The producers of a controversial play in Poland are being investigated by state prosecutors over allegations they are inciting the audience to murder.
The Curse (Klątwa) is being staged at Teatr Powszechny in Warsaw and is directed by Oliver Frljić, a Croatian director. It examines the relationship between the Polish Catholic church and the state, and condemns the authorities for failing to respond to allegations of child abuse by members of the clergy.
In the play’s most notorious scene, an actor simulates oral sex on a plastic statue of the late Polish pope John Paul II, as a sign reads: “Defender of paedophiles”.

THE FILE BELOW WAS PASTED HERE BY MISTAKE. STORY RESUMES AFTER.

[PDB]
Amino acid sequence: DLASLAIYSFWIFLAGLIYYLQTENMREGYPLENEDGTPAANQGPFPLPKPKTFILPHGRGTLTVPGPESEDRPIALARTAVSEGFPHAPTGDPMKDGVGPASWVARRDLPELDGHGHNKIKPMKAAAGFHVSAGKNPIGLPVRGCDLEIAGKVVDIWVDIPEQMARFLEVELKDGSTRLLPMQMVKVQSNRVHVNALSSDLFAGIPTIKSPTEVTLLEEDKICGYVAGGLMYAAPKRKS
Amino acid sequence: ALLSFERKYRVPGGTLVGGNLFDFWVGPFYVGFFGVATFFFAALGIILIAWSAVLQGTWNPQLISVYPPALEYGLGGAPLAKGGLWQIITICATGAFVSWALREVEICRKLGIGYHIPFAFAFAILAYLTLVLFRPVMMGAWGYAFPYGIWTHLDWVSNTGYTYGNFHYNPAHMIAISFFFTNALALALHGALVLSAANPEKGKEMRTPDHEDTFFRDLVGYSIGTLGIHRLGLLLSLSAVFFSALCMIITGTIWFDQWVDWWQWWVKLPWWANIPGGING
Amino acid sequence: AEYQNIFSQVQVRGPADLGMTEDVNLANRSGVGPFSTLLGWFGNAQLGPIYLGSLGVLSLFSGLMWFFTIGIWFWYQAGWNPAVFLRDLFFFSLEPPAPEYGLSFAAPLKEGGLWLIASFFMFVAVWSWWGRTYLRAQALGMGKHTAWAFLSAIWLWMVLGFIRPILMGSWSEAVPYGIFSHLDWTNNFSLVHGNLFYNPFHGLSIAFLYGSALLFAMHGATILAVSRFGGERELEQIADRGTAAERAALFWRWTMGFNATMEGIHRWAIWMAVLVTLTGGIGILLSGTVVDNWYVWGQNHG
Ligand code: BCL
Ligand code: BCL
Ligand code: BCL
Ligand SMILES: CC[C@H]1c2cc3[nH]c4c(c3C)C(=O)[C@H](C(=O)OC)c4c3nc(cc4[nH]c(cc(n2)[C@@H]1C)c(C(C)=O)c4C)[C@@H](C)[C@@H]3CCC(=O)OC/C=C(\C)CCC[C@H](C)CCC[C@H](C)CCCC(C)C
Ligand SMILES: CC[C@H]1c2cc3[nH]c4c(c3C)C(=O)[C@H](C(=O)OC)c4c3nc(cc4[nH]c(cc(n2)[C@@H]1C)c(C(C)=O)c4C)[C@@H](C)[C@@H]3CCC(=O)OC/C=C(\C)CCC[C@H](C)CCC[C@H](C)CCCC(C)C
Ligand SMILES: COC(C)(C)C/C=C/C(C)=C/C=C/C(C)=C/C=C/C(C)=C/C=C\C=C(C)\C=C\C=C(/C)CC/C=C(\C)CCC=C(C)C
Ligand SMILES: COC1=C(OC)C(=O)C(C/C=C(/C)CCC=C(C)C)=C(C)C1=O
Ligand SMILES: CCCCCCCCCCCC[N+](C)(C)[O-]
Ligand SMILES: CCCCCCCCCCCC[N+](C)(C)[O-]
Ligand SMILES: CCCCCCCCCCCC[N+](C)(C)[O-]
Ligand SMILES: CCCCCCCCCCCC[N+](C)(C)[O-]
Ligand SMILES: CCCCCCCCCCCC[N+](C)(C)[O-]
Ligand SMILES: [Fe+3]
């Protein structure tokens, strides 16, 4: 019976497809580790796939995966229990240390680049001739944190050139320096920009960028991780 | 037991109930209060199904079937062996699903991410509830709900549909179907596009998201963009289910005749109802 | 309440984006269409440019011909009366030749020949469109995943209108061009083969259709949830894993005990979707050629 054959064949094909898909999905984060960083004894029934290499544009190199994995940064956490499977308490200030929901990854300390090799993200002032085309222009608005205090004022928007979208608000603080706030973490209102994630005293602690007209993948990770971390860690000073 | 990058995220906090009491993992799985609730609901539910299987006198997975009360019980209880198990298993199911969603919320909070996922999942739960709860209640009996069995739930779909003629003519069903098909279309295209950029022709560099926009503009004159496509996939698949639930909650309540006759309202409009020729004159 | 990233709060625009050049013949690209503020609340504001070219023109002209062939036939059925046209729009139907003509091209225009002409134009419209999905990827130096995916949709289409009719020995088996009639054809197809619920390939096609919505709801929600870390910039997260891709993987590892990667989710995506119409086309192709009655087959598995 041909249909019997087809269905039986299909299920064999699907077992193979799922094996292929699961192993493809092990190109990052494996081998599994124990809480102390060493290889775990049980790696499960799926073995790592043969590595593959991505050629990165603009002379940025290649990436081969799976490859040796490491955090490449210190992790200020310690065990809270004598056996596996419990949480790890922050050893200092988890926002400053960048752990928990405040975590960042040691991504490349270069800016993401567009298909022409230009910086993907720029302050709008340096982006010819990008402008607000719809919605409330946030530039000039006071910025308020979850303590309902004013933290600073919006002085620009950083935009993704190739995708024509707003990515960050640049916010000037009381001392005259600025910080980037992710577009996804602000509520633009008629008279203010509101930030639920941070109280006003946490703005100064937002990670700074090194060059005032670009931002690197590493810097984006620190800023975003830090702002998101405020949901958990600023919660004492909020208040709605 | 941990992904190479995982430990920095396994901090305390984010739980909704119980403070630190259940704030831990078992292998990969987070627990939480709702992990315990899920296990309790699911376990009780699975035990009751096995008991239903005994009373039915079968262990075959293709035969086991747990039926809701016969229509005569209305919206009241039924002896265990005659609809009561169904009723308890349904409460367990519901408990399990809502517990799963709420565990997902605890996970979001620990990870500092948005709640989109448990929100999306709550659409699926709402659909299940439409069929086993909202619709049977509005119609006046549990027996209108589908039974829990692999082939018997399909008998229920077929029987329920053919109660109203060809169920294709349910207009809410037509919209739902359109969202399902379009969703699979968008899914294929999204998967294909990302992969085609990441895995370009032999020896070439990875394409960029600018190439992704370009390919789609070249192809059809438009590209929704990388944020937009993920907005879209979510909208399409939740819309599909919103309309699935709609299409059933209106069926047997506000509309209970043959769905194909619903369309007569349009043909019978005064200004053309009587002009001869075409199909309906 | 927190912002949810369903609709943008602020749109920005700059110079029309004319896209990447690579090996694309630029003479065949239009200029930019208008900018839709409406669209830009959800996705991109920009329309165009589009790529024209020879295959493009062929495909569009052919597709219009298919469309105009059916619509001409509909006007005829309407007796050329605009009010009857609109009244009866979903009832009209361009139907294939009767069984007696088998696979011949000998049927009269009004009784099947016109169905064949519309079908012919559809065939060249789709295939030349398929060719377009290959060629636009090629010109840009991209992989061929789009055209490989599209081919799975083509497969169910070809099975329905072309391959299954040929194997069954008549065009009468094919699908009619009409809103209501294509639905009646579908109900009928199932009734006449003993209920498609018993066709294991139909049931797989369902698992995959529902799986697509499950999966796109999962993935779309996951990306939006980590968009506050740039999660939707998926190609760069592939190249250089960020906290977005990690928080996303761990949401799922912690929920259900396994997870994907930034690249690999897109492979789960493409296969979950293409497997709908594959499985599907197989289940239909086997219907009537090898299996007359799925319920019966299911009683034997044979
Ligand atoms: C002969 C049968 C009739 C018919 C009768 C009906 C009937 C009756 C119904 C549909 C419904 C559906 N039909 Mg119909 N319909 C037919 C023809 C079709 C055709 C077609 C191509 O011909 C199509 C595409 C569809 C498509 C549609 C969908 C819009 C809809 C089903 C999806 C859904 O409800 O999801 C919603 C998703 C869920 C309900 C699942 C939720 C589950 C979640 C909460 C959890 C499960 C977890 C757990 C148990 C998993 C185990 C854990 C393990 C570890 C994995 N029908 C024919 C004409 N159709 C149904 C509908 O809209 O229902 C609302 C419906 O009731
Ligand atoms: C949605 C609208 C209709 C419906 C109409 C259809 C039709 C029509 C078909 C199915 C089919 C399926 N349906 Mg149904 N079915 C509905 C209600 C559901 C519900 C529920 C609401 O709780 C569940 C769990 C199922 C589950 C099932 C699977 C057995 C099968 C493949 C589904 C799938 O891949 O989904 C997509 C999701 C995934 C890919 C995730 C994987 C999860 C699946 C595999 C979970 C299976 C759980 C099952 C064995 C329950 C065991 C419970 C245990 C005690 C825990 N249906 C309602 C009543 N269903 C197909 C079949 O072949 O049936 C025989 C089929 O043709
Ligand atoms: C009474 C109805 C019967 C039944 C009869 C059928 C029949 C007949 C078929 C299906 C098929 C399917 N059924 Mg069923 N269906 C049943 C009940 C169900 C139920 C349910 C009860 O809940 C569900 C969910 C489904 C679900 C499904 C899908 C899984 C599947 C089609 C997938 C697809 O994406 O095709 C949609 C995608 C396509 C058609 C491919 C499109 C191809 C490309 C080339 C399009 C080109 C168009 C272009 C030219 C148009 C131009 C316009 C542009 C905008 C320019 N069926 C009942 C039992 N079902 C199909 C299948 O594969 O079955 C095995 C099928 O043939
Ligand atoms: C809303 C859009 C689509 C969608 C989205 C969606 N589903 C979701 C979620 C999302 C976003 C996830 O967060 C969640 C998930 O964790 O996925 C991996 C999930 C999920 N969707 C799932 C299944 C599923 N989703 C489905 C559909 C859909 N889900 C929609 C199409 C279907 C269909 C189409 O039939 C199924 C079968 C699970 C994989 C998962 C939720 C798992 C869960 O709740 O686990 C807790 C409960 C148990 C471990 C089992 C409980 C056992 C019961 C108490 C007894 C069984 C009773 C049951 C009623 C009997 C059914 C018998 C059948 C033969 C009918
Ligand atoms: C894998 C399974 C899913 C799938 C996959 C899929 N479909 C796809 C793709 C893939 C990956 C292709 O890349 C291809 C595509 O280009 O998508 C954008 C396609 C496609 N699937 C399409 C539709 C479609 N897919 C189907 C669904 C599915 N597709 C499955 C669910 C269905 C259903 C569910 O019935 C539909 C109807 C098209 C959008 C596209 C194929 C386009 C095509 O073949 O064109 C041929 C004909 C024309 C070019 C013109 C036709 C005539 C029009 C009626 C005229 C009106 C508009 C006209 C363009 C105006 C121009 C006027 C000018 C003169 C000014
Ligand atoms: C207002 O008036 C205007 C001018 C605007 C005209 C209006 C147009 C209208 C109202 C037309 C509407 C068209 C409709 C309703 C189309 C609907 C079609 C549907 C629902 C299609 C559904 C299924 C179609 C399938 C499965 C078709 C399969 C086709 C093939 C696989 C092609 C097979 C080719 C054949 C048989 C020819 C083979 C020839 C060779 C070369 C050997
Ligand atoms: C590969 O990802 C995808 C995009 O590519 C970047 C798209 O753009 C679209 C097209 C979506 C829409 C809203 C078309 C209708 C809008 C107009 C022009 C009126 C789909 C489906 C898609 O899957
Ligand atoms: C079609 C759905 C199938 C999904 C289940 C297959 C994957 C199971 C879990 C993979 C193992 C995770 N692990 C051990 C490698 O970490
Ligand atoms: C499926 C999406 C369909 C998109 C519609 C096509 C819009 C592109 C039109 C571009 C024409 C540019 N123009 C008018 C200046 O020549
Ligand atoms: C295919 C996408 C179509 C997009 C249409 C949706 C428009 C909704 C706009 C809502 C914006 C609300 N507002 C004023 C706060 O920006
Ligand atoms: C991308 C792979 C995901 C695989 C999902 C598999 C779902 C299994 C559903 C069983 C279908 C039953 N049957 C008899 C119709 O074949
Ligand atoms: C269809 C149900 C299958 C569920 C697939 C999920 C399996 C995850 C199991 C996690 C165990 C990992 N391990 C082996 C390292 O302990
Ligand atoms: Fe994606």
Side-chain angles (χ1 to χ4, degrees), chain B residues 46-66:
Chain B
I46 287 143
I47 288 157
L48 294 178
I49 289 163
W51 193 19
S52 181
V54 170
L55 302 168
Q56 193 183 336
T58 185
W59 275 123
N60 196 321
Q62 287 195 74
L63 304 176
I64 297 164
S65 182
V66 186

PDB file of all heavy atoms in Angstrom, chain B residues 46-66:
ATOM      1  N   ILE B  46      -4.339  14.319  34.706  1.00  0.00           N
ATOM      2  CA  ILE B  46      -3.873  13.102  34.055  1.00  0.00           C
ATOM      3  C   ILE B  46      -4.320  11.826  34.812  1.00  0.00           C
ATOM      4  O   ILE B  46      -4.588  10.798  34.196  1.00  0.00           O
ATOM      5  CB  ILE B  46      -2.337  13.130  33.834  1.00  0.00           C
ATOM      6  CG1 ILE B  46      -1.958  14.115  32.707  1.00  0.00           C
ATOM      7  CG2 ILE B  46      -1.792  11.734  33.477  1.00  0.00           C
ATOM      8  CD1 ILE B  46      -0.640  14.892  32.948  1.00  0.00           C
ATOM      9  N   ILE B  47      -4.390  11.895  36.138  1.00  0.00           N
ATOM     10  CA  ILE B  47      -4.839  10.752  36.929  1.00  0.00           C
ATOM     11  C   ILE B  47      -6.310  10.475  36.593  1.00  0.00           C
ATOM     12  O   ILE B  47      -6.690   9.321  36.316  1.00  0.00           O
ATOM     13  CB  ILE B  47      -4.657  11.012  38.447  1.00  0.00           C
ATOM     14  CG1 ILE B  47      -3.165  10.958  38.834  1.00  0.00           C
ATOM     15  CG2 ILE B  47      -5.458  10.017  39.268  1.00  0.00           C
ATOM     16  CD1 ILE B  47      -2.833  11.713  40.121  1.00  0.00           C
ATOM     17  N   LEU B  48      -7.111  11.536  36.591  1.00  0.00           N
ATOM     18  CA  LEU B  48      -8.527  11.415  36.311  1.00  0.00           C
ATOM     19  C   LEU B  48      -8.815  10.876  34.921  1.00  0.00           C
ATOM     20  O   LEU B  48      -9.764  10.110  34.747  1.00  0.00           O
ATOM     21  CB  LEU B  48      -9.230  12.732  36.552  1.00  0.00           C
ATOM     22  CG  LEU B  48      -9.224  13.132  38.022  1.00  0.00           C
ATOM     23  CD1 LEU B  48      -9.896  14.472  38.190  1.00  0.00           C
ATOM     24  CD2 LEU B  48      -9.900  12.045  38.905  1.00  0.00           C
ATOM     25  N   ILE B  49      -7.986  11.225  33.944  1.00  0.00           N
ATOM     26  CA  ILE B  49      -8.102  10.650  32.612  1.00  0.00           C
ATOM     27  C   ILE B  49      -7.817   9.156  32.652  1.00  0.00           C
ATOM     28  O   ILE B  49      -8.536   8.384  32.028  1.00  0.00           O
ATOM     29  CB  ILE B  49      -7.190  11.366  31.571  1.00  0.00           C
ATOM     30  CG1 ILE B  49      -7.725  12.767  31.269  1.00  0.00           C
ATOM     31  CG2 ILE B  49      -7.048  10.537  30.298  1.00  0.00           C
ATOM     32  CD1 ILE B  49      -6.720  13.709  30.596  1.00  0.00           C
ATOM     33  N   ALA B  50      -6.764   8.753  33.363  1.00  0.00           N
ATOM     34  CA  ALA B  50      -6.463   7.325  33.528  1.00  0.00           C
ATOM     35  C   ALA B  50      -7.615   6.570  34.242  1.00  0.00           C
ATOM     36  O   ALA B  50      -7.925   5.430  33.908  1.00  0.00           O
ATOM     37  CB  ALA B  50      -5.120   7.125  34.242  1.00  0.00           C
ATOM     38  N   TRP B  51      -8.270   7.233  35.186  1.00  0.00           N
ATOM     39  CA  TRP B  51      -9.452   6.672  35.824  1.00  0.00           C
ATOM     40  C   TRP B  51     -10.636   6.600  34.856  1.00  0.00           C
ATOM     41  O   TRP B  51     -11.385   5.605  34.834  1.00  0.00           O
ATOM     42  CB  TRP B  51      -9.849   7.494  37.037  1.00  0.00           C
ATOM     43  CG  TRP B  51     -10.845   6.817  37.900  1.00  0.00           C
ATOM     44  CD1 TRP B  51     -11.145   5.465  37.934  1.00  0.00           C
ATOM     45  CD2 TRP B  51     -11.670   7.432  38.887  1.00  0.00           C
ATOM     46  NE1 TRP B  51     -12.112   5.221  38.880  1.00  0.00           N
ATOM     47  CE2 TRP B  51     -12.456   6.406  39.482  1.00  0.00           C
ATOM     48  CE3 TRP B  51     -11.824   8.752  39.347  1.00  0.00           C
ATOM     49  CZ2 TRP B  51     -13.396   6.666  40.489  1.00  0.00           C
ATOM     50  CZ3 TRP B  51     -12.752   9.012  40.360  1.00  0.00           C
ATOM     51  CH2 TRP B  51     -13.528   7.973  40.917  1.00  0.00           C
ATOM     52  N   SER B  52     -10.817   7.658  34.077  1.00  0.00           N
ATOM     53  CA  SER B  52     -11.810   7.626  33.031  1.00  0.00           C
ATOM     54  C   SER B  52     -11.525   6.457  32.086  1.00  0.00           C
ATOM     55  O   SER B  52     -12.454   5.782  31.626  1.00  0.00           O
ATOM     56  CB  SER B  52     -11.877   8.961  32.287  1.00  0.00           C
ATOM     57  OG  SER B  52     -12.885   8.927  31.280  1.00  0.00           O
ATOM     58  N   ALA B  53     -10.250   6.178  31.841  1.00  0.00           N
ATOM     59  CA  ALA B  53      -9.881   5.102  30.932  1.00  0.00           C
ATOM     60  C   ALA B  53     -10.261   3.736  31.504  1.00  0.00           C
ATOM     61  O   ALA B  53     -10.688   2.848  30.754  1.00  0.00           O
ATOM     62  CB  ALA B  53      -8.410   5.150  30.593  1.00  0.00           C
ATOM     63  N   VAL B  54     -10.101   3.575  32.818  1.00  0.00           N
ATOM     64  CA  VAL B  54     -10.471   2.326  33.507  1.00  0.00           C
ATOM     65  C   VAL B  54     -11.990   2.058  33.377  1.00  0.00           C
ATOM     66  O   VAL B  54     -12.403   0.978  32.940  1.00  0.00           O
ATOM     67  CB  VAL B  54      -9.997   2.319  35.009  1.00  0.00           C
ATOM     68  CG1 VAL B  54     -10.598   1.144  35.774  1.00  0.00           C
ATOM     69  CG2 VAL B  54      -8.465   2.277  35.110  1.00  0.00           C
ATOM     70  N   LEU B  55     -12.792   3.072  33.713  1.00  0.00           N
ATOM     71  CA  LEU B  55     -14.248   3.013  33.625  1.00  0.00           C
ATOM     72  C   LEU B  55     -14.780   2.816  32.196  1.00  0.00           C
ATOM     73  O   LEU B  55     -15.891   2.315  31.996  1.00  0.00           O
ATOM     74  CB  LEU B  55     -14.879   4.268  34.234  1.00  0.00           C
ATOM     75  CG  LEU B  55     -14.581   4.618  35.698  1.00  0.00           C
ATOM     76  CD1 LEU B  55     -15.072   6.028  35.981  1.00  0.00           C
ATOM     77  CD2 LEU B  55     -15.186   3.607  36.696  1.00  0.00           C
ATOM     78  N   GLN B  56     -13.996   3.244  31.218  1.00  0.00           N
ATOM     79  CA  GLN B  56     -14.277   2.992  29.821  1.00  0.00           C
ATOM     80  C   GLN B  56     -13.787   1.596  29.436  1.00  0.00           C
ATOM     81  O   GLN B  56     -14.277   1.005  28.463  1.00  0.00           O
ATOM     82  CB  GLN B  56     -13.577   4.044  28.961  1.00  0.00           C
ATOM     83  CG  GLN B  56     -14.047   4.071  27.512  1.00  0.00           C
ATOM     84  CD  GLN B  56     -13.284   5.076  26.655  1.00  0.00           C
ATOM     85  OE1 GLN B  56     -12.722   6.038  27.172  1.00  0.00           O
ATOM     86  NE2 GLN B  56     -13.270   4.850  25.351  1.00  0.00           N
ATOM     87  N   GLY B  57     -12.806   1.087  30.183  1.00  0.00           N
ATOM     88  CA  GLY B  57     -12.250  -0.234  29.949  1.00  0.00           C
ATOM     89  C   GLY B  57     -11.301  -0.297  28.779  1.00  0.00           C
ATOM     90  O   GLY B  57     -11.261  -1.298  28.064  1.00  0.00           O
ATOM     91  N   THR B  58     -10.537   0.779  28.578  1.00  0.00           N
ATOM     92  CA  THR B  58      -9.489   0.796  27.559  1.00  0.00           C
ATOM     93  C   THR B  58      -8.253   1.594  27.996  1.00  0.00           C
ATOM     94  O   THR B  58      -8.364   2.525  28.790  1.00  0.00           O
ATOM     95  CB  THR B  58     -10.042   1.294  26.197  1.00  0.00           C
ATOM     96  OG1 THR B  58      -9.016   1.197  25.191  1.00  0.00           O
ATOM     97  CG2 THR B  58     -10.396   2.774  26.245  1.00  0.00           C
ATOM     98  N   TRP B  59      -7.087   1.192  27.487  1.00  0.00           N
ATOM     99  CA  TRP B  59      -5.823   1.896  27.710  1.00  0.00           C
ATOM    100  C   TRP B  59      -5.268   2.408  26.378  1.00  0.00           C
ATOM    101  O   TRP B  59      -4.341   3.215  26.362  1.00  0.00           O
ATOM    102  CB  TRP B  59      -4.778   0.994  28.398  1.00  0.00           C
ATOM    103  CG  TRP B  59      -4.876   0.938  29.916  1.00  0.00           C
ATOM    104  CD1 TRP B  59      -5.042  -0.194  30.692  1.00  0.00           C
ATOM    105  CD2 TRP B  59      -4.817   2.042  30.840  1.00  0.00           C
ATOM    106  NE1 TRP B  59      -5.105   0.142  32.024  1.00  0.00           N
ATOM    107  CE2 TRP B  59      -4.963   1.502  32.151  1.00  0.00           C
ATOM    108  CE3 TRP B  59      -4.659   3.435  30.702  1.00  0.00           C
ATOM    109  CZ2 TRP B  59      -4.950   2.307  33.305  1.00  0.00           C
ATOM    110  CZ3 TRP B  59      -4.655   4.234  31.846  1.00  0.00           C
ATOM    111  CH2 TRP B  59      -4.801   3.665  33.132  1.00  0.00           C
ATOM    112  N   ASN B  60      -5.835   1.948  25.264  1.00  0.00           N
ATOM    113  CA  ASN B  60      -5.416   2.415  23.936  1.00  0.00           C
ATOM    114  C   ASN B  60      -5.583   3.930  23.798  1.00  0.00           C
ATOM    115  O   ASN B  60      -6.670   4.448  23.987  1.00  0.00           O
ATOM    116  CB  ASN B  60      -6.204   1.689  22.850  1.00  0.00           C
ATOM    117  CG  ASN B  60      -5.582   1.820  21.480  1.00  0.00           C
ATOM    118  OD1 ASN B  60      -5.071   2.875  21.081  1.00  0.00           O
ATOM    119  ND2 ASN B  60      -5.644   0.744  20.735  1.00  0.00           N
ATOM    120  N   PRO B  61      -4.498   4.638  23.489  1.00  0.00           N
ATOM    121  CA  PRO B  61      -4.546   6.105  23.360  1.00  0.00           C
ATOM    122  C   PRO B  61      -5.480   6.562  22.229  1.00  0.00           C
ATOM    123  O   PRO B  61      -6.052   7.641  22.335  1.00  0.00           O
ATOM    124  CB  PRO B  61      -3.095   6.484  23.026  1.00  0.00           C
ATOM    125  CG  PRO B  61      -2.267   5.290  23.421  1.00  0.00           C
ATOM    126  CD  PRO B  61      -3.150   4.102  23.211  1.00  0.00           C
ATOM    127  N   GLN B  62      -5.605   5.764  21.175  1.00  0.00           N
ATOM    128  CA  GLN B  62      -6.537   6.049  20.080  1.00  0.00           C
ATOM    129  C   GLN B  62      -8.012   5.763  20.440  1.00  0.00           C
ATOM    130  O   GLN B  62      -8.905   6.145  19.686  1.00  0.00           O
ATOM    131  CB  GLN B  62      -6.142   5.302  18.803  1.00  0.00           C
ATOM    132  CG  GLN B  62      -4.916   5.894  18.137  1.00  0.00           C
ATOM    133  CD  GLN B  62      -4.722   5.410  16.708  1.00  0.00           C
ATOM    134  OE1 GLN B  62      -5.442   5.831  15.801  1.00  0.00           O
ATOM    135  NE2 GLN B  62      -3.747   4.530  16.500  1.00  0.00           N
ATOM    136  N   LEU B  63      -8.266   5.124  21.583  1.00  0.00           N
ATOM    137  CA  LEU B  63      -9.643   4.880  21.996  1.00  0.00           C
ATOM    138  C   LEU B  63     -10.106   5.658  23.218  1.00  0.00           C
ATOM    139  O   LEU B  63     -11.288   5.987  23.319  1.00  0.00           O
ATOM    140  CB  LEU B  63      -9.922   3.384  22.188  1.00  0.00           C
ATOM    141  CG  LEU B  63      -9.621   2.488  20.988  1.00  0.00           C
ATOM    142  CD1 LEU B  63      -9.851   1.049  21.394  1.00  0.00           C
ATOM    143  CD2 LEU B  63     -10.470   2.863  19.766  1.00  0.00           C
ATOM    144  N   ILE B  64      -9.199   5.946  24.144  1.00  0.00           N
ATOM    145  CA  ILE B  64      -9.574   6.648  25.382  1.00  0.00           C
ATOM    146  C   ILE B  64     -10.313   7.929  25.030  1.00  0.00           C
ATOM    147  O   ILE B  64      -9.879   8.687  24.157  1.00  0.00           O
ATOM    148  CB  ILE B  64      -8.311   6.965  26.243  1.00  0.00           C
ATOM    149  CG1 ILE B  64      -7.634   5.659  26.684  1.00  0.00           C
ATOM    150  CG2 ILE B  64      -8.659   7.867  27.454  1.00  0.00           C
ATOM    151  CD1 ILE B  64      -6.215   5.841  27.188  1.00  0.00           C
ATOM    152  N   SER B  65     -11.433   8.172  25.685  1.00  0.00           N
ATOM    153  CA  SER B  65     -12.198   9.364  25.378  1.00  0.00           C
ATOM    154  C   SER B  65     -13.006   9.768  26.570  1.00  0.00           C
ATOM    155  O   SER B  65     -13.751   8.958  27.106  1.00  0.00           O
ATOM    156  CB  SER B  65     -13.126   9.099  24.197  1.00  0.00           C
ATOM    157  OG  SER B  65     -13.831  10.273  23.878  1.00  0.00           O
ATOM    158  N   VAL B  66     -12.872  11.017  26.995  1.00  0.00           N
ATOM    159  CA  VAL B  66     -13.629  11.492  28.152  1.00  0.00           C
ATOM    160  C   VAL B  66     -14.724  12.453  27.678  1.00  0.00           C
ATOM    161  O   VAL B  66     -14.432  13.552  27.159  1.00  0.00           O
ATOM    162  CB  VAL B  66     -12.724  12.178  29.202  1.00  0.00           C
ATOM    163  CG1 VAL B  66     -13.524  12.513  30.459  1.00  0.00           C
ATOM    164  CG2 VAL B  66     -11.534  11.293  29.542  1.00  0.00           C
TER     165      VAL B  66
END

In another scene, an actor considers the legality of a fictional speech in which she would – hypothetically – raise money to pay for the assassination of Jarosław Kaczyński, the leader of Poland’s ruling Law and Justice party (PiS).
The production has been sold out since it opened in February, but soon after its premiere, prosecutors – who have been overseen by the government since PiS won elections in 2015 – announced the production was under investigation.
My report for the Guardian can be found here.